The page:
Let’s also spend time with God. We can trust God’s promises of new life to us and for all seasons of life. God’s word was fulfilled in the gift of God’s son, Jesus, and God’s word is fulfilled in our daily lives as well. We need to be patient. Like Mary and the tiny new life developing within her, we need to bring our buried dreams to God for growth and development. As Mary sought out Elizabeth, let’s seek out friends for mentoring and encouragement, while trusting God’s promises of new life. Here we will find our hope- as we patiently wait out any difficult winter season.
Focus for the rest of this week:
Pray for the hope found in God’s promise of new life and resurrection. Thank God for the hope given us in the birth of Jesus and the resurrection after his death. Be thankful that God’s word is always true, God’s love is constant. Spend time with a dear one who encourages you; offer encouragement to someone who needs hope.
You will need any items that symbolize joy for the next layer: ribbons, bells, small ornaments, etc. Anything that makes you smile! Perhaps something whimsical!
3. Sharing the Warmth of Love in the Midst of Winter
Read Isaiah 58:6-14
In this passage, Isaiah speaks for the joy, delight and healing we receive when we reach out with joy, delight and healing to those in need. Our light will break forth like the dawn; we will be like unfailing springs of water; we will ride upon the heights of the earth. Our busyness and full schedules often make us hesitate to take time for others. Yet, all around us people are desperately in need of justice, healing, nourishment and warmth.
Is there someone you may have been overlooking who needs a listening ear or a helping hand? Isaiah notes that sharing our food and home with those in need is the truest worship. Whom might you serve this week?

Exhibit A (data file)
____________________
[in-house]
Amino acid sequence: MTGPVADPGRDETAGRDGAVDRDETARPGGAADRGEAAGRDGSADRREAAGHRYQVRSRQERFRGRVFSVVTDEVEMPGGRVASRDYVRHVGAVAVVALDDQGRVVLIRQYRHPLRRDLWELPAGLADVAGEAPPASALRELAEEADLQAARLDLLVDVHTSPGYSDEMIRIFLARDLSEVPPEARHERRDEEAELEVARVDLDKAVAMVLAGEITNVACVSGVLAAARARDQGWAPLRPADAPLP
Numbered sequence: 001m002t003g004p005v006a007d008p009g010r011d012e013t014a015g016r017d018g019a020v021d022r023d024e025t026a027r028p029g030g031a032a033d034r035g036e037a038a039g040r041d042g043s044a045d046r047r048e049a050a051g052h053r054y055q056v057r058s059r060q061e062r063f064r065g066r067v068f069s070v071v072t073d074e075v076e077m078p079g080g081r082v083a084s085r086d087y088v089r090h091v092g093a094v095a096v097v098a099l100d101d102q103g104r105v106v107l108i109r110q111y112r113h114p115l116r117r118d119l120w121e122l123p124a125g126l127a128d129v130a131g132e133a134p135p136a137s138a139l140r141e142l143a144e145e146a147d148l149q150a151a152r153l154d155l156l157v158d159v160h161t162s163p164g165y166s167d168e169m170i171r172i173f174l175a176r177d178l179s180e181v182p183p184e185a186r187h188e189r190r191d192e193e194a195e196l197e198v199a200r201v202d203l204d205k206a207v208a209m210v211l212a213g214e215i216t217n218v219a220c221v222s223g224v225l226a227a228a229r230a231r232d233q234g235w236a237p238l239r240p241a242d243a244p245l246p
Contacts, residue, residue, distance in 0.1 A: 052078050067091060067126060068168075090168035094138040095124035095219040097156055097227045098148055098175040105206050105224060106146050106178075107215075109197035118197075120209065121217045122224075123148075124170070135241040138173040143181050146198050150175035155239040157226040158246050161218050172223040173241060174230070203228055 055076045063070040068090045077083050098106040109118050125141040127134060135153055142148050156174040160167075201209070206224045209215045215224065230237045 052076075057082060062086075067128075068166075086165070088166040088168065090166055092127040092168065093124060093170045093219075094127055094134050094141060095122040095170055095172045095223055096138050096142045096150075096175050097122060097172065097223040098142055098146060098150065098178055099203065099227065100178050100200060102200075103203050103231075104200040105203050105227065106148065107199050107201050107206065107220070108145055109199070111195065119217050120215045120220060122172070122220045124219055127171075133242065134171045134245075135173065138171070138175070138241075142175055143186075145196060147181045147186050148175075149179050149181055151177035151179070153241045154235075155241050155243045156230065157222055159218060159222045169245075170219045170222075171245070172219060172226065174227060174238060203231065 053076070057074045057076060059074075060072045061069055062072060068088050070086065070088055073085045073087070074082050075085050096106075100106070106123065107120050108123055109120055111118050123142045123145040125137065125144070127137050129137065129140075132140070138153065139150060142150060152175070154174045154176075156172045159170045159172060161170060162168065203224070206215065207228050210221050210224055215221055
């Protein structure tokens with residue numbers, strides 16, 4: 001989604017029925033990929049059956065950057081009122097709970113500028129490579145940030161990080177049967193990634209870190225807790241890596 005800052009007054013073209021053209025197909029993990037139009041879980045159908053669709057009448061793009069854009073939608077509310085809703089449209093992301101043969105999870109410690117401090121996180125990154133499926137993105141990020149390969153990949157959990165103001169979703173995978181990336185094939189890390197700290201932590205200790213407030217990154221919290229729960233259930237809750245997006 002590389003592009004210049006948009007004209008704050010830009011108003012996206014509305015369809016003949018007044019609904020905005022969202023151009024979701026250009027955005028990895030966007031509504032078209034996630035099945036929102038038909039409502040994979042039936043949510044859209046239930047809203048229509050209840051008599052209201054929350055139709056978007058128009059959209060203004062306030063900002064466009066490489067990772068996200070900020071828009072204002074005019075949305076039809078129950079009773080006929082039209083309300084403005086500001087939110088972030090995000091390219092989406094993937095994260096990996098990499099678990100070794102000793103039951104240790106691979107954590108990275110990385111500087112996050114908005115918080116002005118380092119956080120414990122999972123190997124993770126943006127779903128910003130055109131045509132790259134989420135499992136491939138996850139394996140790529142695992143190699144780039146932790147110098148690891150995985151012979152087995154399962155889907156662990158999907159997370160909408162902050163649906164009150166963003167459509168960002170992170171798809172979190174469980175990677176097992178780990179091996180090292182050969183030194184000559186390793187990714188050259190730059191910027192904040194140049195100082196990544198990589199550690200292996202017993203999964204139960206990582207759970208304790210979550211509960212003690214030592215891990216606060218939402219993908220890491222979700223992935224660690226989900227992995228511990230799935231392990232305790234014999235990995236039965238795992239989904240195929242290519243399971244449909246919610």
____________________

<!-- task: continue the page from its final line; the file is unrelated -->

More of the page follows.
2. Fueling Ourselves in the Midst of Winter
Read 1 Kings 19:1-13
Elijah ran to the wilderness, weary and fearful. He had given up, and he had even asked the Lord to let him die. But when he had fallen asleep, an angel of the Lord came to him. The angel first encouraged Elijah to eat and drink, in order to regain his strength.
Are you feeling overwhelmed or tired these days? What healing and body-tending do you need to strengthen yourself? What activities rejuvenate you and bring you life?
Each day this week take time to care for yourself- eat well, go for a walk, read, nap, pray or reflect… try any activity that will nourish and strengthen your body for service.
The second layer of our wreath is made of evergreens and berries to remind us of life and resurrection. In deepest winter snows, we are still able to see signs of life all around us, such as evergreen trees or holly. This layer is about the times we are able to see new life, even in the cold, harsh, difficult times of our lives. This layer of your wreath may be filled with any items that remind you of life and resurrection. Place only the candle of peace on the greens at this time. The Christ candle also remains.
Finding New Life in the Midst of Winter
Light the peace candle.
Read Genesis 37:3-4, 26-28; 45:4-15
As the favorite son of Jacob, Joseph faced difficult trials and imprisonment when his brothers became jealous and sold him to become a slave in Egypt. In the end, there was a tearful reunion filled with forgiveness- and enough food stored to save them all from famine. Joseph endured the harsh, empty times and ended up bringing new life to many people. God also worked to bring new life and a joyful reunion for Joseph’s family.